Ensure that equality between women and men is promoted through the flexicurity strategy applied in the current re-designing of the labour-market. “Security” can have different meanings for men and women in general and throughout different stages of life: Security as a prerequisite for free choices, security not to be discriminated against, security to find quality employment, security that dependents are being taken care of, security that someone takes care of you, security to have equal wages and pensions and take-home pay and decent adequate income in the periods out of the labour market. Make binding gender equality objectives and practical outcomes of flexicurity including: realising and strengthening the Barcelona childcare targets, going ‘beyond Barcelona’ towards increasing the provision, quality, affordability and accessibility of care services including quality care for the elderly.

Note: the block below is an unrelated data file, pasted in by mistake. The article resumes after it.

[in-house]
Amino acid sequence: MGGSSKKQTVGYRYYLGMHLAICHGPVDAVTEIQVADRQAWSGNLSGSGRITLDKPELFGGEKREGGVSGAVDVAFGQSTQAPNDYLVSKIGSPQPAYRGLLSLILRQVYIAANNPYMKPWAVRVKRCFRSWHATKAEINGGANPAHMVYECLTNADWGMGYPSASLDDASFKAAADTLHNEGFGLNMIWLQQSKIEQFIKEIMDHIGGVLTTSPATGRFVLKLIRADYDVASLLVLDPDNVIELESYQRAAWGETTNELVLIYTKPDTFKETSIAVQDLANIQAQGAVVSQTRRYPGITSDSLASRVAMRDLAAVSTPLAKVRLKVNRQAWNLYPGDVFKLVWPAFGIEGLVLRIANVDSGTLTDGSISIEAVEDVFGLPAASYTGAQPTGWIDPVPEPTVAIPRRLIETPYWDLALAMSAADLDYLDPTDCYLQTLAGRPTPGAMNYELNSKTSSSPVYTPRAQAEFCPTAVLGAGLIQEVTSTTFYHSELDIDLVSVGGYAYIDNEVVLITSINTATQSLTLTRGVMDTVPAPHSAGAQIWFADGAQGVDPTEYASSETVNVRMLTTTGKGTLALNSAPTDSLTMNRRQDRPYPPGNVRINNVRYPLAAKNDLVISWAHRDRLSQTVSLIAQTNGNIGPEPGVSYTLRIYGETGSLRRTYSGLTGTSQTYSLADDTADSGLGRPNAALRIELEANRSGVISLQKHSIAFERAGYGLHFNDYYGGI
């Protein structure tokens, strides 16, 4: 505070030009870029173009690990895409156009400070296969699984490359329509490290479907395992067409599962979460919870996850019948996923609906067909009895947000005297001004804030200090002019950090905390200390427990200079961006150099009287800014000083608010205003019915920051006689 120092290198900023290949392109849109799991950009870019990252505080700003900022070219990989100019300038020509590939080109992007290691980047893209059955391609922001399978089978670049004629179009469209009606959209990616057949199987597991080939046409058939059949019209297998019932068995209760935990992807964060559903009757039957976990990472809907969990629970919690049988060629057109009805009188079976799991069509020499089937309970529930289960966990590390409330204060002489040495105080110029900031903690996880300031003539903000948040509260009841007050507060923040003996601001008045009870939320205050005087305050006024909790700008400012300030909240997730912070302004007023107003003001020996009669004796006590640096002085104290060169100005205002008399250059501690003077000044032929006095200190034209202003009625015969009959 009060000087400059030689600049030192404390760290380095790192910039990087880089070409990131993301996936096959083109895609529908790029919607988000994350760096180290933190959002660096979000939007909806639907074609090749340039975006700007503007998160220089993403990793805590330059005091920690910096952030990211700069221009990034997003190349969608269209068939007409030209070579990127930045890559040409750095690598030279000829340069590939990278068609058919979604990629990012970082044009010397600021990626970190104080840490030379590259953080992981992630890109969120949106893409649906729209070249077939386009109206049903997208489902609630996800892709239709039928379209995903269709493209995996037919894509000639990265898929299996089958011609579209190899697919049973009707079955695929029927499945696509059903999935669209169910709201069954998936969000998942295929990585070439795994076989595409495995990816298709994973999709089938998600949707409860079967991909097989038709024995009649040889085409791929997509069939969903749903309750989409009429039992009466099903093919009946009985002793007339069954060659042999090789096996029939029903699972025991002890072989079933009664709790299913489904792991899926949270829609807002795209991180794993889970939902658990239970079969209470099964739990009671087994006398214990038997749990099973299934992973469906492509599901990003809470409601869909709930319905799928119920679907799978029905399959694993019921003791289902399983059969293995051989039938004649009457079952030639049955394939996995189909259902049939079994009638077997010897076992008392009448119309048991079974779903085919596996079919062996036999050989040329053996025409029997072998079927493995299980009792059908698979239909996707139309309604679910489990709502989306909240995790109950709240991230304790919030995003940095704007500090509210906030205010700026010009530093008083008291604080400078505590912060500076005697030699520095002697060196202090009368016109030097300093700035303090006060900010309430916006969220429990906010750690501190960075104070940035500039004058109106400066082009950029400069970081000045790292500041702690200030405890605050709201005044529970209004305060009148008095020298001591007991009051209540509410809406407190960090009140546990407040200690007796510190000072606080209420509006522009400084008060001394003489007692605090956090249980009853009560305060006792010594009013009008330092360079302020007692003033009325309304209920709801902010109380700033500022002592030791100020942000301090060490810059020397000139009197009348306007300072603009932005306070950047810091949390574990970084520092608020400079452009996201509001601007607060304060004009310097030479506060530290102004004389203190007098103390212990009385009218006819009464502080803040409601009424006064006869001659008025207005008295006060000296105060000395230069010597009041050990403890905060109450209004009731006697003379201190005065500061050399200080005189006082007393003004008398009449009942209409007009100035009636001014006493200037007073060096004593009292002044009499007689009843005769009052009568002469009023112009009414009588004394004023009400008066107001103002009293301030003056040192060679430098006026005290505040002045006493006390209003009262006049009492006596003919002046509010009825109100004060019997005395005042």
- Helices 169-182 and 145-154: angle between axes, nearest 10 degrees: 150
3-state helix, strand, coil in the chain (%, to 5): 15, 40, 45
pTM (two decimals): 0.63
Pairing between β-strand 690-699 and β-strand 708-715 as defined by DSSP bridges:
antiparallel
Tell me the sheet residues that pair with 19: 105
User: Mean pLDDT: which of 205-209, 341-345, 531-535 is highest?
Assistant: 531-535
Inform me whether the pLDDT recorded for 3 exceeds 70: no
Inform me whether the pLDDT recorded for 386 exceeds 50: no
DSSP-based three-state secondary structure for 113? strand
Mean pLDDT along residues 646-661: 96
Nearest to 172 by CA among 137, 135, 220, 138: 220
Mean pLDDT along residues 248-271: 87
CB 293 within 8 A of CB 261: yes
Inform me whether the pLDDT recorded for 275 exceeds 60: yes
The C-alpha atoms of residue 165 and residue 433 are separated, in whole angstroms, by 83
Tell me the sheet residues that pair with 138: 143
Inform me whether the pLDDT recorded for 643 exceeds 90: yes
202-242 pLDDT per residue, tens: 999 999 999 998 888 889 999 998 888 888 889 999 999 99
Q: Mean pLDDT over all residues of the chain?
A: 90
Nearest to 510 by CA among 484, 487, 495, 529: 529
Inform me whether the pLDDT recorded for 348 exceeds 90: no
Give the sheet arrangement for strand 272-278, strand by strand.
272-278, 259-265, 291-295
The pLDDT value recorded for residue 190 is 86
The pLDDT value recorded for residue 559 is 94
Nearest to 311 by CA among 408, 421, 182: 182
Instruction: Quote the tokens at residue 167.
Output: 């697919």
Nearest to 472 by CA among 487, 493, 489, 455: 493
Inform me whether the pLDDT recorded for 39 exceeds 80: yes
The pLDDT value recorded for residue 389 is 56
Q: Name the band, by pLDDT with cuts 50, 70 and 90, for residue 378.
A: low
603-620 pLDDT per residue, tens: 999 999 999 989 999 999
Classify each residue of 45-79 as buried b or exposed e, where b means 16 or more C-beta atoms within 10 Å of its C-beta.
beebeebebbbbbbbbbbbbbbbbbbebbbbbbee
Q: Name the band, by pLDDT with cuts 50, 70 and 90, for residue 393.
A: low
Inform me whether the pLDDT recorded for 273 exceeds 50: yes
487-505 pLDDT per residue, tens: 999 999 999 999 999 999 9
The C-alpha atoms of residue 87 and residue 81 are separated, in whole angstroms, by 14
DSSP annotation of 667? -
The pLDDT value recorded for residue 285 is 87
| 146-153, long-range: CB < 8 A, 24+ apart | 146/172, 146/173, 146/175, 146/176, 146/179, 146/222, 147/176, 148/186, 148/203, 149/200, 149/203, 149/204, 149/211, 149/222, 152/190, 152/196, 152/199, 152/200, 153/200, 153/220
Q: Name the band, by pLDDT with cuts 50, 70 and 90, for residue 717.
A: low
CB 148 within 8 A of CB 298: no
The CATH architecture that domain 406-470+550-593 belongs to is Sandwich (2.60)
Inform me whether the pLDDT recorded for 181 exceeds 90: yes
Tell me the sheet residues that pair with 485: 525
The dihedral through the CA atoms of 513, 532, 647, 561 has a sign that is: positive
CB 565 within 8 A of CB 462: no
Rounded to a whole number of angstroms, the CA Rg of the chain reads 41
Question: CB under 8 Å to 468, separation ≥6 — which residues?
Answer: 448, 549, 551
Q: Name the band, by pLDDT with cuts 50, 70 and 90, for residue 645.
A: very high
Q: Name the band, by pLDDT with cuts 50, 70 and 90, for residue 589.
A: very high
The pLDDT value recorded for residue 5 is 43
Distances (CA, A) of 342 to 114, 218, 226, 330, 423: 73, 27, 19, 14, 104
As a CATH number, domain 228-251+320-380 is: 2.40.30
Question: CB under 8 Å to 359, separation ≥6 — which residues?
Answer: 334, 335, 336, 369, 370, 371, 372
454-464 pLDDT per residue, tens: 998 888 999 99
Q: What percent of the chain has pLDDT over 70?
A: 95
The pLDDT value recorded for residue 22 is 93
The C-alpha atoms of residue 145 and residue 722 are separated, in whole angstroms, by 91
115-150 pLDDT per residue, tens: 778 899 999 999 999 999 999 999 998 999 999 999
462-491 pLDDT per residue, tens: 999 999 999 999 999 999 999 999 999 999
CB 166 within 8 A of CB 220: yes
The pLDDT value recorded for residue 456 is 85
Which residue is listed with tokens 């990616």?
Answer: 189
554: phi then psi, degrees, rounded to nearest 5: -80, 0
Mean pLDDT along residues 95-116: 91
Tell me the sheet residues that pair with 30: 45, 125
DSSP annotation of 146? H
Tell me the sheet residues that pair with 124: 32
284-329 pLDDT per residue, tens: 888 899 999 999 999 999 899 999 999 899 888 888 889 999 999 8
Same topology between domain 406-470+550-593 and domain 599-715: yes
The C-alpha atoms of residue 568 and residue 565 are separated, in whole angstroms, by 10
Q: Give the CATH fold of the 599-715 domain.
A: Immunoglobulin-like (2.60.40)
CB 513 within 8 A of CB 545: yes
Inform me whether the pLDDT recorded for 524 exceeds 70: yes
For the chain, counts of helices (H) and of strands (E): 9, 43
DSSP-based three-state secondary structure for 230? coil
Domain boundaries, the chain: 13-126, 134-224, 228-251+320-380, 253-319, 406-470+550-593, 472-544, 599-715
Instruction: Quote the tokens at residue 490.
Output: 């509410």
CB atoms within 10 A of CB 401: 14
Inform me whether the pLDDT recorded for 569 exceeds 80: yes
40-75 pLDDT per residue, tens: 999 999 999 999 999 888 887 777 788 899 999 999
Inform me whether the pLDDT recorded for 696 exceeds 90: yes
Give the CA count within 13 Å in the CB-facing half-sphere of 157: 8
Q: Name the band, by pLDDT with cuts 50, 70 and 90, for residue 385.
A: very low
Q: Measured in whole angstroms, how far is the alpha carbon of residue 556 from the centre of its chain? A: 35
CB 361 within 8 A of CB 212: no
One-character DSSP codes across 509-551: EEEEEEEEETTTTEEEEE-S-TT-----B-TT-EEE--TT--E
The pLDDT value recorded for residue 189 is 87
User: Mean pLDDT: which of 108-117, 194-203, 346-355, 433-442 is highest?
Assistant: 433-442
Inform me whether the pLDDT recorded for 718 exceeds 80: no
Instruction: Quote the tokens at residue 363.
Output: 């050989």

Pay and pensions

We affirm that the gender pay and pension gaps are the two sides of the same coin. The gender pension gap mirrors gender inequalities accumulated throughout women’s lives, which increases women’s risk of poverty and social exclusion as they age.

We call for ‘zero tolerance’ of the gender pay gap and demand urgent measures to address all the elements that maintain women’s income at a lower level than men’s throughout their lives including a binding European target to reduce the gender pay gap by minimum 5 % per year in each Member State. This requires inter alia: valuing pay and working conditions and strengthening women’s bargaining power in sectors of the economy where women are the majority (primarily care, health, education, and retail, public and social services); addressing the highly gender segregated labour market, particularly in the green and ICT sectors and making the care sector attractive to men; guaranteeing transparency in the composition of wages.